Nintendo targets strong launch for Wii U, even as 3DS falters

The Japanese game company said it aims to sell 5.5 million Wii U consoles through March, but slashed its handheld target

Nintendo said Wednesday it aims to sell 5.5 million Wii U consoles globally by March of next year, predicting a strong holiday launch for the new flagship game console that will be on par with that of the original Wii six years ago.

The Kyoto-based firm's targets for the Wii U, which goes on sale in the U.S. and Europe in November and in Japan in December, are close to the 5.8 million units the first Wii sold in its global launch from the holiday season of 2006 through March 2007. That console, which introduced gesture-based gaming to the masses, was a surprise hit and was held back by undersupply in many markets.

But Nintendo's optimism about the Wii U is tempered by its continued struggles with the 3DS handheld, which has failed to achieve the success of its own smash-hit predecessor, the DS. The company on Wednesday cut its annual target for the 3DS by five percent, saying it now expects to sell 17.5 million units and far less software than it previously predicted.

Blaming its new hardware targets and the strong yen, which can hurt profits made outside Japan, Nintendo slashed its profit target for the current fiscal year through March to ¥6 billion (US$80 million), less than a third of the ¥20 billion it forecast three months ago. The company said it expects sales for the fiscal year to be only slightly less than its earlier forecast, meaning its overall profitability will be much lower than expected.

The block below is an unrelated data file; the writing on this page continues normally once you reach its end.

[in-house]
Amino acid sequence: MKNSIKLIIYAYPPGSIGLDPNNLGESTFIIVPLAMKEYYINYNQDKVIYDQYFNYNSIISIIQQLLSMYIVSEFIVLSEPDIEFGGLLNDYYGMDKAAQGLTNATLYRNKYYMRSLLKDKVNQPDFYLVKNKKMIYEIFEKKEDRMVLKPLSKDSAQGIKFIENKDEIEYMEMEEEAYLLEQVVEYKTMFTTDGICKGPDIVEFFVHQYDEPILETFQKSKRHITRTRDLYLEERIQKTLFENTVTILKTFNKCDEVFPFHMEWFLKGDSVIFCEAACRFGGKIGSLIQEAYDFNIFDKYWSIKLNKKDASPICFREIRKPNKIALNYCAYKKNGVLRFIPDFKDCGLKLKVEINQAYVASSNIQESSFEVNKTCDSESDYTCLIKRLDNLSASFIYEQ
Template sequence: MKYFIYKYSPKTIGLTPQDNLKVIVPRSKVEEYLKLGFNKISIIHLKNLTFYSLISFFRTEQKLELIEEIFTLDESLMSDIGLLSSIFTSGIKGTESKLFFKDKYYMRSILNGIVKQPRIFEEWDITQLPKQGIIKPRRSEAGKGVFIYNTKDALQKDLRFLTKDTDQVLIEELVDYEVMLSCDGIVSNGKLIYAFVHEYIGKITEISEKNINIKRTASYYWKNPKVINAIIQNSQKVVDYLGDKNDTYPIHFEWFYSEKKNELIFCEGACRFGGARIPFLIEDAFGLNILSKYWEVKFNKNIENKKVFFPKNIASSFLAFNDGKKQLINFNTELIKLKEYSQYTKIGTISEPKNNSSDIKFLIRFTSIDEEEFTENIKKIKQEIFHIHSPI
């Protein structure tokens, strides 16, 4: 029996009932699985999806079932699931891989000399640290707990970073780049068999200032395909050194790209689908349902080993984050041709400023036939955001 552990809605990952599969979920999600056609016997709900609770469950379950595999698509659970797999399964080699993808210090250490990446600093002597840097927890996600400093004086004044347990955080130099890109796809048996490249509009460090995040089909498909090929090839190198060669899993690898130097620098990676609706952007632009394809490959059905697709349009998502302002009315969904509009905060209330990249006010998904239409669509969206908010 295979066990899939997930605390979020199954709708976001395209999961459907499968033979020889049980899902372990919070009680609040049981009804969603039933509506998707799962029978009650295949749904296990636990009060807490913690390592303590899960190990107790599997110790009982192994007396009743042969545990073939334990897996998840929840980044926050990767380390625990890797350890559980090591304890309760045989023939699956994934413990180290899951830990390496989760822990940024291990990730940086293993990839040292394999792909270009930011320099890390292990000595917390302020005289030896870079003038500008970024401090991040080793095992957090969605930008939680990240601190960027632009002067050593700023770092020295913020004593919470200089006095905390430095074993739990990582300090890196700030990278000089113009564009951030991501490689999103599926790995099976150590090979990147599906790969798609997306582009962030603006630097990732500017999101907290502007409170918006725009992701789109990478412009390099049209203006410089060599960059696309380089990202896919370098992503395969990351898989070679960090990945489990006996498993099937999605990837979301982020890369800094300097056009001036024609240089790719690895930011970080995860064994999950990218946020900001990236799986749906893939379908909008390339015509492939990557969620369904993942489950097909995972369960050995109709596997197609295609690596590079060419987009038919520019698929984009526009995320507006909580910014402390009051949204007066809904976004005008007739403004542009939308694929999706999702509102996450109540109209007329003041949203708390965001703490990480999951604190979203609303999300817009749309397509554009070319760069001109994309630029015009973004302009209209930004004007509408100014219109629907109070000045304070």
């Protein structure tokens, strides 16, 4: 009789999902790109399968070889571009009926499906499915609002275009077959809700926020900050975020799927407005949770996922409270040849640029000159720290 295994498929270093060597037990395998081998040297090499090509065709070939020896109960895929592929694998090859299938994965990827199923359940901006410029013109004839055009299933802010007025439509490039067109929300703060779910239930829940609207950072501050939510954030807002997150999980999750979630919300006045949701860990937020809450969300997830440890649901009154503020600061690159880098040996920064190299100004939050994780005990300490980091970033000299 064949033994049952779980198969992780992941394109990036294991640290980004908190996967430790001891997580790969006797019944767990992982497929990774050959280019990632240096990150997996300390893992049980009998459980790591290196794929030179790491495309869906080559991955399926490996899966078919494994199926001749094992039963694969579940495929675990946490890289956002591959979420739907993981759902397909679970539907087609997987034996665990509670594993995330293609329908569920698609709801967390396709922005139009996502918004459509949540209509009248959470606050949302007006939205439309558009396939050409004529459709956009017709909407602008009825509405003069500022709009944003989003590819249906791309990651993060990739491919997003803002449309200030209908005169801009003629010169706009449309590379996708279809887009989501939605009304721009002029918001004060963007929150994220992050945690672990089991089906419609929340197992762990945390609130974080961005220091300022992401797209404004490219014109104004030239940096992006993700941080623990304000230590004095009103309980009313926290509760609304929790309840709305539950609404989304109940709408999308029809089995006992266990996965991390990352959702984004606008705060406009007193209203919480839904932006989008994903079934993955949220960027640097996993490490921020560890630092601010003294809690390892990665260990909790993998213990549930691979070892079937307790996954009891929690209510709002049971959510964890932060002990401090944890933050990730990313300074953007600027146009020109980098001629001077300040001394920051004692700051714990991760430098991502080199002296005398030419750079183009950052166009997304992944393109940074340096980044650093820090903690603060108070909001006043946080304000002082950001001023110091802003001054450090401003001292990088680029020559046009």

A successful launch of the Wii U could also hurt Nintendo's bottom line in the near-term, as new consoles are often sold at or near a loss until manufacturing techniques and economies of scale bring costs down. The company has shown it will take drastic action to support its consoles: When the 3DS stumbled last year from a lack of titles and tepid interest in its 3D screen, Nintendo slashed prices less than six months after launch and rolled out dozens of new games in time for the holiday shopping season.

Nintendo, which relies heavily on just a few game consoles for its income, said that in the six-month stretch through September, sales and profit were down from the same period last fiscal year, when Nintendo ended up booking an annual net loss of over US$500 million.

The company is facing competition from traditional rivals such as Sony, which is pushing a new version of its PlayStation 3 game console and Vita handheld, but also from manufacturers of tablets and smartphones. By some calculations, Apple devices running iOS have collectively become the world's most popular gaming platform.

In the U.S., the cheapest version of the Wii U will cost about US$300, about the same as Apple's $330 iPad mini announced Tuesday.

The Wii U's main feature is its "GamePad" controller, which is similar to a full-fledged tablet in itself, with a touchscreen, motion detection, camera and stylus. Its small screen can be used to supplement games played on a larger TV, or serve as the main display. 

The main console will use NFC (near field communication) technology that is widely used in mobile payment systems, as well as an expanded online system that includes game play and social networks based around various titles. It can also serve as a home entertainment center, allow users to stream videos from online services such as Hulu, Amazon and Netflix.

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